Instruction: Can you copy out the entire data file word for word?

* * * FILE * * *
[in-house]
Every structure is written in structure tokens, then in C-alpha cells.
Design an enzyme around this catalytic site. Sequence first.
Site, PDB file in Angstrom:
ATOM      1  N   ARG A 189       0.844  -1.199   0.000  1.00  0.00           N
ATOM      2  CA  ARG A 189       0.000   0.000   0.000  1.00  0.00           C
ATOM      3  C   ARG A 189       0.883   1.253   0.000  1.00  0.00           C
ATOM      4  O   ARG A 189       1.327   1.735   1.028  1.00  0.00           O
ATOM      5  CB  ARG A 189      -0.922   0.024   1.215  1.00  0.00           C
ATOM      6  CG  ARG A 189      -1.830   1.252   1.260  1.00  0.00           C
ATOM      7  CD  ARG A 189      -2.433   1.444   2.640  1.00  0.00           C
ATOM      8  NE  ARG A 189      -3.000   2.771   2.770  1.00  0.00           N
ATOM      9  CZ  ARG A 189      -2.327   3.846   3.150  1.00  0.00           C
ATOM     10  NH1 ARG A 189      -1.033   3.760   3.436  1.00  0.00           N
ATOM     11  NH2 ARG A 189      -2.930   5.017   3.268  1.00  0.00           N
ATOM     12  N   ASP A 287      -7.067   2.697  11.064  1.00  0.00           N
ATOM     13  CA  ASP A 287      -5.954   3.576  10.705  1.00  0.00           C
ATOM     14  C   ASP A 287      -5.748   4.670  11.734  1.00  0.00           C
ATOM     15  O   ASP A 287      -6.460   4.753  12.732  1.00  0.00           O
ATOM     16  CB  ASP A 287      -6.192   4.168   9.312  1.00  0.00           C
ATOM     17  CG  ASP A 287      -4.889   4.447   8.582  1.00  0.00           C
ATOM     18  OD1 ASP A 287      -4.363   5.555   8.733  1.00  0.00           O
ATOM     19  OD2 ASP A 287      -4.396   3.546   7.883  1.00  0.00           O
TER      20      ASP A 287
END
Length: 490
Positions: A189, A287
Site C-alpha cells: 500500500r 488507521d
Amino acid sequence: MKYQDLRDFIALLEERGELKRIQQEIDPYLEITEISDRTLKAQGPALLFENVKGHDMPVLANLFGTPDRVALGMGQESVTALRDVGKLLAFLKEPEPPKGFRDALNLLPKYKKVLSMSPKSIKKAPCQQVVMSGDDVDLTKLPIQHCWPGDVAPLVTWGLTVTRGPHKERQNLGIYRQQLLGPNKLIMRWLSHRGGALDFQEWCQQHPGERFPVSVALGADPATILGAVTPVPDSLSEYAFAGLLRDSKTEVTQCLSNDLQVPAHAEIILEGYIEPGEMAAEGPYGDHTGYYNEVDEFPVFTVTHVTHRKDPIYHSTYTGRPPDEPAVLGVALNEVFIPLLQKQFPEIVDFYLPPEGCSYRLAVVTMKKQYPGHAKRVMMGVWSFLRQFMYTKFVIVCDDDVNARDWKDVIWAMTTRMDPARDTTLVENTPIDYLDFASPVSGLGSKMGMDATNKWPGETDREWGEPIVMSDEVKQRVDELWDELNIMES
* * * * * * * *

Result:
[in-house]
Every structure is written in structure tokens, then in C-alpha cells.
Design an enzyme around this catalytic site. Sequence first.
Site, PDB file in Angstrom:
ATOM      1  N   ARG A 189       0.844  -1.199   0.000  1.00  0.00           N
ATOM      2  CA  ARG A 189       0.000   0.000   0.000  1.00  0.00           C
ATOM      3  C   ARG A 189       0.883   1.253   0.000  1.00  0.00           C
ATOM      4  O   ARG A 189       1.327   1.735   1.028  1.00  0.00           O
ATOM      5  CB  ARG A 189      -0.922   0.024   1.215  1.00  0.00           C
ATOM      6  CG  ARG A 189      -1.830   1.252   1.260  1.00  0.00           C
ATOM      7  CD  ARG A 189      -2.433   1.444   2.640  1.00  0.00           C
ATOM      8  NE  ARG A 189      -3.000   2.771   2.770  1.00  0.00           N
ATOM      9  CZ  ARG A 189      -2.327   3.846   3.150  1.00  0.00           C
ATOM     10  NH1 ARG A 189      -1.033   3.760   3.436  1.00  0.00           N
ATOM     11  NH2 ARG A 189      -2.930   5.017   3.268  1.00  0.00           N
ATOM     12  N   ASP A 287      -7.067   2.697  11.064  1.00  0.00           N
ATOM     13  CA  ASP A 287      -5.954   3.576  10.705  1.00  0.00           C
ATOM     14  C   ASP A 287      -5.748   4.670  11.734  1.00  0.00           C
ATOM     15  O   ASP A 287      -6.460   4.753  12.732  1.00  0.00           O
ATOM     16  CB  ASP A 287      -6.192   4.168   9.312  1.00  0.00           C
ATOM     17  CG  ASP A 287      -4.889   4.447   8.582  1.00  0.00           C
ATOM     18  OD1 ASP A 287      -4.363   5.555   8.733  1.00  0.00           O
ATOM     19  OD2 ASP A 287      -4.396   3.546   7.883  1.00  0.00           O
TER      20      ASP A 287
END
Length: 490
Positions: A189, A287
Site C-alpha cells: 500500500r 488507521d
Amino acid sequence: MKYQDLRDFIALLEERGELKRIQQEIDPYLEITEISDRTLKAQGPALLFENVKGHDMPVLANLFGTPDRVALGMGQESVTALRDVGKLLAFLKEPEPPKGFRDALNLLPKYKKVLSMSPKSIKKAPCQQVVMSGDDVDLTKLPIQHCWPGDVAPLVTWGLTVTRGPHKERQNLGIYRQQLLGPNKLIMRWLSHRGGALDFQEWCQQHPGERFPVSVALGADPATILGAVTPVPDSLSEYAFAGLLRDSKTEVTQCLSNDLQVPAHAEIILEGYIEPGEMAAEGPYGDHTGYYNEVDEFPVFTVTHVTHRKDPIYHSTYTGRPPDEPAVLGVALNEVFIPLLQKQFPEIVDFYLPPEGCSYRLAVVTMKKQYPGHAKRVMMGVWSFLRQFMYTKFVIVCDDDVNARDWKDVIWAMTTRMDPARDTTLVENTPIDYLDFASPVSGLGSKMGMDATNKWPGETDREWGEPIVMSDEVKQRVDELWDELNIMES